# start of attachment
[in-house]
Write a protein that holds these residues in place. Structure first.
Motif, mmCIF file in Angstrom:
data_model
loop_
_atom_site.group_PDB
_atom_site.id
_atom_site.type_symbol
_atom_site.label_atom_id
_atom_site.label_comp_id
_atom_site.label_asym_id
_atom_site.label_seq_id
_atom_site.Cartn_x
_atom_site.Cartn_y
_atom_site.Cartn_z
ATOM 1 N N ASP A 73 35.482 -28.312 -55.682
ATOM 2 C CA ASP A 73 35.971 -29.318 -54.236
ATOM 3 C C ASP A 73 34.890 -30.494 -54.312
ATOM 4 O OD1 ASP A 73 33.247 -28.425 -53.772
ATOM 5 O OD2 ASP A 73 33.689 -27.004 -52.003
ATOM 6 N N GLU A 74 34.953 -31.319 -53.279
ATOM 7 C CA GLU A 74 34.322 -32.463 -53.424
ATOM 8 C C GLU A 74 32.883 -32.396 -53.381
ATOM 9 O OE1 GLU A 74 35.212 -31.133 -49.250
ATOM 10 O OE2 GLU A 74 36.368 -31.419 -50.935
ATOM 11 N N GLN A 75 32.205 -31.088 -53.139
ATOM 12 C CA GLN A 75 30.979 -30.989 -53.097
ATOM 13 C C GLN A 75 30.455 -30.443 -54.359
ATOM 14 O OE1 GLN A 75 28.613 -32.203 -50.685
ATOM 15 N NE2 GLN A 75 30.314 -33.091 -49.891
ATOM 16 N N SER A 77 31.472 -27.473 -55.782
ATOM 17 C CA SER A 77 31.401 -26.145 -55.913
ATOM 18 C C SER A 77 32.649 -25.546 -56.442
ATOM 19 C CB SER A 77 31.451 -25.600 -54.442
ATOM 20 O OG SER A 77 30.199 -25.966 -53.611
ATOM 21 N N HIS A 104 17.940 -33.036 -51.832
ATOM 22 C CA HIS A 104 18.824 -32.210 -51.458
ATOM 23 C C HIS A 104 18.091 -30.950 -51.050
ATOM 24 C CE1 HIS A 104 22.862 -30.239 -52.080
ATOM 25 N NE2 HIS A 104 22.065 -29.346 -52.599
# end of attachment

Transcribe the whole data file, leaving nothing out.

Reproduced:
[in-house]
Write a protein that holds these residues in place. Structure first.
Motif, mmCIF file in Angstrom:
data_model
loop_
_atom_site.group_PDB
_atom_site.id
_atom_site.type_symbol
_atom_site.label_atom_id
_atom_site.label_comp_id
_atom_site.label_asym_id
_atom_site.label_seq_id
_atom_site.Cartn_x
_atom_site.Cartn_y
_atom_site.Cartn_z
ATOM 1 N N ASP A 73 35.482 -28.312 -55.682
ATOM 2 C CA ASP A 73 35.971 -29.318 -54.236
ATOM 3 C C ASP A 73 34.890 -30.494 -54.312
ATOM 4 O OD1 ASP A 73 33.247 -28.425 -53.772
ATOM 5 O OD2 ASP A 73 33.689 -27.004 -52.003
ATOM 6 N N GLU A 74 34.953 -31.319 -53.279
ATOM 7 C CA GLU A 74 34.322 -32.463 -53.424
ATOM 8 C C GLU A 74 32.883 -32.396 -53.381
ATOM 9 O OE1 GLU A 74 35.212 -31.133 -49.250
ATOM 10 O OE2 GLU A 74 36.368 -31.419 -50.935
ATOM 11 N N GLN A 75 32.205 -31.088 -53.139
ATOM 12 C CA GLN A 75 30.979 -30.989 -53.097
ATOM 13 C C GLN A 75 30.455 -30.443 -54.359
ATOM 14 O OE1 GLN A 75 28.613 -32.203 -50.685
ATOM 15 N NE2 GLN A 75 30.314 -33.091 -49.891
ATOM 16 N N SER A 77 31.472 -27.473 -55.782
ATOM 17 C CA SER A 77 31.401 -26.145 -55.913
ATOM 18 C C SER A 77 32.649 -25.546 -56.442
ATOM 19 C CB SER A 77 31.451 -25.600 -54.442
ATOM 20 O OG SER A 77 30.199 -25.966 -53.611
ATOM 21 N N HIS A 104 17.940 -33.036 -51.832
ATOM 22 C CA HIS A 104 18.824 -32.210 -51.458
ATOM 23 C C HIS A 104 18.091 -30.950 -51.050
ATOM 24 C CE1 HIS A 104 22.862 -30.239 -52.080
ATOM 25 N NE2 HIS A 104 22.065 -29.346 -52.599